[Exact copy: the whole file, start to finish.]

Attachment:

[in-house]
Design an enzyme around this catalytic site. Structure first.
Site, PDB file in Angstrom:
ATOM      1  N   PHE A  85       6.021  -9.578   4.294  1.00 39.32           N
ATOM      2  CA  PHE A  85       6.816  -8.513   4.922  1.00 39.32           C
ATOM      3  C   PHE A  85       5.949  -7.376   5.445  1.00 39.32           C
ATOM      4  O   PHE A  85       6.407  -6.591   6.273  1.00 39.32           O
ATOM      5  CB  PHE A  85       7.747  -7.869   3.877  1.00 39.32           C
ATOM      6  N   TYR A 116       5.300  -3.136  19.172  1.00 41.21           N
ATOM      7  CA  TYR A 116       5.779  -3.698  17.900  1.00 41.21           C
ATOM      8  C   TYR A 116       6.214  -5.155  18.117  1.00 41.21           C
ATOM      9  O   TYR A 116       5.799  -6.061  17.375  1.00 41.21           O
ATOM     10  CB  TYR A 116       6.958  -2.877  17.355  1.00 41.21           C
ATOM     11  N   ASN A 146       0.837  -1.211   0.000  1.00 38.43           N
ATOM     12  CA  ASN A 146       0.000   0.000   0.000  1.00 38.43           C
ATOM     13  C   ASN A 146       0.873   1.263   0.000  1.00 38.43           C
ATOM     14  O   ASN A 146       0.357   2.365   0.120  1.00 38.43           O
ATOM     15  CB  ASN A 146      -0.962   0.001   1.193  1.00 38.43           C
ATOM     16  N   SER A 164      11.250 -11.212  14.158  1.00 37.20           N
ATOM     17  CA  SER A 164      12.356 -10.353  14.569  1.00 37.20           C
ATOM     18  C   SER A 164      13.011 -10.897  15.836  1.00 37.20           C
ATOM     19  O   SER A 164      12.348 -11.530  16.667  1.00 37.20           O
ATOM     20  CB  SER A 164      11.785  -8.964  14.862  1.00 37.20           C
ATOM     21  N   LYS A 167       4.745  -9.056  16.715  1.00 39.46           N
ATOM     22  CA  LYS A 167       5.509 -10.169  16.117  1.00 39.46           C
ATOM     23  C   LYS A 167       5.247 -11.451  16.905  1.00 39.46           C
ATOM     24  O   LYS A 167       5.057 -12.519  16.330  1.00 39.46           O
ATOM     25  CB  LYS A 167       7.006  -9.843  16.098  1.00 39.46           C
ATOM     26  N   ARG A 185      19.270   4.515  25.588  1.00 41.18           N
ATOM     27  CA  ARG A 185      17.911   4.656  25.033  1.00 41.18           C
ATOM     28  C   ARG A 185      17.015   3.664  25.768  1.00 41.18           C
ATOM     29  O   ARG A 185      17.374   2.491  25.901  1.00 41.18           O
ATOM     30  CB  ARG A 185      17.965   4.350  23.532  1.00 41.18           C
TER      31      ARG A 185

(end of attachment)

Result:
[in-house]
Design an enzyme around this catalytic site. Structure first.
Site, PDB file in Angstrom:
ATOM      1  N   PHE A  85       6.021  -9.578   4.294  1.00 39.32           N
ATOM      2  CA  PHE A  85       6.816  -8.513   4.922  1.00 39.32           C
ATOM      3  C   PHE A  85       5.949  -7.376   5.445  1.00 39.32           C
ATOM      4  O   PHE A  85       6.407  -6.591   6.273  1.00 39.32           O
ATOM      5  CB  PHE A  85       7.747  -7.869   3.877  1.00 39.32           C
ATOM      6  N   TYR A 116       5.300  -3.136  19.172  1.00 41.21           N
ATOM      7  CA  TYR A 116       5.779  -3.698  17.900  1.00 41.21           C
ATOM      8  C   TYR A 116       6.214  -5.155  18.117  1.00 41.21           C
ATOM      9  O   TYR A 116       5.799  -6.061  17.375  1.00 41.21           O
ATOM     10  CB  TYR A 116       6.958  -2.877  17.355  1.00 41.21           C
ATOM     11  N   ASN A 146       0.837  -1.211   0.000  1.00 38.43           N
ATOM     12  CA  ASN A 146       0.000   0.000   0.000  1.00 38.43           C
ATOM     13  C   ASN A 146       0.873   1.263   0.000  1.00 38.43           C
ATOM     14  O   ASN A 146       0.357   2.365   0.120  1.00 38.43           O
ATOM     15  CB  ASN A 146      -0.962   0.001   1.193  1.00 38.43           C
ATOM     16  N   SER A 164      11.250 -11.212  14.158  1.00 37.20           N
ATOM     17  CA  SER A 164      12.356 -10.353  14.569  1.00 37.20           C
ATOM     18  C   SER A 164      13.011 -10.897  15.836  1.00 37.20           C
ATOM     19  O   SER A 164      12.348 -11.530  16.667  1.00 37.20           O
ATOM     20  CB  SER A 164      11.785  -8.964  14.862  1.00 37.20           C
ATOM     21  N   LYS A 167       4.745  -9.056  16.715  1.00 39.46           N
ATOM     22  CA  LYS A 167       5.509 -10.169  16.117  1.00 39.46           C
ATOM     23  C   LYS A 167       5.247 -11.451  16.905  1.00 39.46           C
ATOM     24  O   LYS A 167       5.057 -12.519  16.330  1.00 39.46           O
ATOM     25  CB  LYS A 167       7.006  -9.843  16.098  1.00 39.46           C
ATOM     26  N   ARG A 185      19.270   4.515  25.588  1.00 41.18           N
ATOM     27  CA  ARG A 185      17.911   4.656  25.033  1.00 41.18           C
ATOM     28  C   ARG A 185      17.015   3.664  25.768  1.00 41.18           C
ATOM     29  O   ARG A 185      17.374   2.491  25.901  1.00 41.18           O
ATOM     30  CB  ARG A 185      17.965   4.350  23.532  1.00 41.18           C
TER      31      ARG A 185